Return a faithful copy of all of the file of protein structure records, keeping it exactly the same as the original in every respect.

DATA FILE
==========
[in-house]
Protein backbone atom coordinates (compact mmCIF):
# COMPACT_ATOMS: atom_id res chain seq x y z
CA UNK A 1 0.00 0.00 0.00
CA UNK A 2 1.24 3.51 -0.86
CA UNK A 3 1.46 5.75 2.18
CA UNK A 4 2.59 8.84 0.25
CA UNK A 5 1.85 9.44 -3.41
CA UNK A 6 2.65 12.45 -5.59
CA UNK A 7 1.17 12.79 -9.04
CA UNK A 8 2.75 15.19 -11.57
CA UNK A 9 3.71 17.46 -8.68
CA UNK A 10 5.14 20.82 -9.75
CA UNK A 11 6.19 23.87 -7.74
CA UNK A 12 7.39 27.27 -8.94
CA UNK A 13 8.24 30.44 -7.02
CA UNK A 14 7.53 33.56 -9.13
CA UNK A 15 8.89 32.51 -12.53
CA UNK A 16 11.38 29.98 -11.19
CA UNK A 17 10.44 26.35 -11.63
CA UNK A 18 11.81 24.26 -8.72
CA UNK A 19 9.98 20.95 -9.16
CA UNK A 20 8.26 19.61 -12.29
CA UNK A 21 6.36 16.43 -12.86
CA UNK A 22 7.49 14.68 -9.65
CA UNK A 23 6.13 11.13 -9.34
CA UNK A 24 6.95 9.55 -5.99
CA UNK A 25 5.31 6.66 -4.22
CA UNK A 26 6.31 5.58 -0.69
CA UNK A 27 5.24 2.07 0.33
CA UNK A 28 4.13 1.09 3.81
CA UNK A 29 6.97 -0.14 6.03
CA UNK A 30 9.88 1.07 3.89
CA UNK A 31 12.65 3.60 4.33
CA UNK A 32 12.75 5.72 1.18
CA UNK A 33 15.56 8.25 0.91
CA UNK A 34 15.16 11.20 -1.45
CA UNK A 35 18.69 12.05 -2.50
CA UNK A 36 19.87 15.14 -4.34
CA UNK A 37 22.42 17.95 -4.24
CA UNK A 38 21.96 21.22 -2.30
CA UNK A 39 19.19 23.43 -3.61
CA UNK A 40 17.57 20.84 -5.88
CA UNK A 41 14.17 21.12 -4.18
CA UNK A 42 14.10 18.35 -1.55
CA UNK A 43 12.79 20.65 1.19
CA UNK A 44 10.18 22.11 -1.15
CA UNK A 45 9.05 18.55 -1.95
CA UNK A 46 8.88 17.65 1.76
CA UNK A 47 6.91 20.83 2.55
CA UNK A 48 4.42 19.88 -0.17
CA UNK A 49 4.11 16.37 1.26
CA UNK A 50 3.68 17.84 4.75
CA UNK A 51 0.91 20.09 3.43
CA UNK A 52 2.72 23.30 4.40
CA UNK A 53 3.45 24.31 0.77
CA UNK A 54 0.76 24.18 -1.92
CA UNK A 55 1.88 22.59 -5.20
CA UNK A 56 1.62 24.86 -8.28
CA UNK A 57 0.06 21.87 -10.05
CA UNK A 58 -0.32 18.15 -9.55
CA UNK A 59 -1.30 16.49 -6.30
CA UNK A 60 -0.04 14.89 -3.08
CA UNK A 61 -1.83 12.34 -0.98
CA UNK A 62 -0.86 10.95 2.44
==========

[in-house]
Protein backbone atom coordinates (compact mmCIF):
# COMPACT_ATOMS: atom_id res chain seq x y z
CA UNK A 1 0.00 0.00 0.00
CA UNK A 2 1.24 3.51 -0.86
CA UNK A 3 1.46 5.75 2.18
CA UNK A 4 2.59 8.84 0.25
CA UNK A 5 1.85 9.44 -3.41
CA UNK A 6 2.65 12.45 -5.59
CA UNK A 7 1.17 12.79 -9.04
CA UNK A 8 2.75 15.19 -11.57
CA UNK A 9 3.71 17.46 -8.68
CA UNK A 10 5.14 20.82 -9.75
CA UNK A 11 6.19 23.87 -7.74
CA UNK A 12 7.39 27.27 -8.94
CA UNK A 13 8.24 30.44 -7.02
CA UNK A 14 7.53 33.56 -9.13
CA UNK A 15 8.89 32.51 -12.53
CA UNK A 16 11.38 29.98 -11.19
CA UNK A 17 10.44 26.35 -11.63
CA UNK A 18 11.81 24.26 -8.72
CA UNK A 19 9.98 20.95 -9.16
CA UNK A 20 8.26 19.61 -12.29
CA UNK A 21 6.36 16.43 -12.86
CA UNK A 22 7.49 14.68 -9.65
CA UNK A 23 6.13 11.13 -9.34
CA UNK A 24 6.95 9.55 -5.99
CA UNK A 25 5.31 6.66 -4.22
CA UNK A 26 6.31 5.58 -0.69
CA UNK A 27 5.24 2.07 0.33
CA UNK A 28 4.13 1.09 3.81
CA UNK A 29 6.97 -0.14 6.03
CA UNK A 30 9.88 1.07 3.89
CA UNK A 31 12.65 3.60 4.33
CA UNK A 32 12.75 5.72 1.18
CA UNK A 33 15.56 8.25 0.91
CA UNK A 34 15.16 11.20 -1.45
CA UNK A 35 18.69 12.05 -2.50
CA UNK A 36 19.87 15.14 -4.34
CA UNK A 37 22.42 17.95 -4.24
CA UNK A 38 21.96 21.22 -2.30
CA UNK A 39 19.19 23.43 -3.61
CA UNK A 40 17.57 20.84 -5.88
CA UNK A 41 14.17 21.12 -4.18
CA UNK A 42 14.10 18.35 -1.55
CA UNK A 43 12.79 20.65 1.19
CA UNK A 44 10.18 22.11 -1.15
CA UNK A 45 9.05 18.55 -1.95
CA UNK A 46 8.88 17.65 1.76
CA UNK A 47 6.91 20.83 2.55
CA UNK A 48 4.42 19.88 -0.17
CA UNK A 49 4.11 16.37 1.26
CA UNK A 50 3.68 17.84 4.75
CA UNK A 51 0.91 20.09 3.43
CA UNK A 52 2.72 23.30 4.40
CA UNK A 53 3.45 24.31 0.77
CA UNK A 54 0.76 24.18 -1.92
CA UNK A 55 1.88 22.59 -5.20
CA UNK A 56 1.62 24.86 -8.28
CA UNK A 57 0.06 21.87 -10.05
CA UNK A 58 -0.32 18.15 -9.55
CA UNK A 59 -1.30 16.49 -6.30
CA UNK A 60 -0.04 14.89 -3.08
CA UNK A 61 -1.83 12.34 -0.98
CA UNK A 62 -0.86 10.95 2.44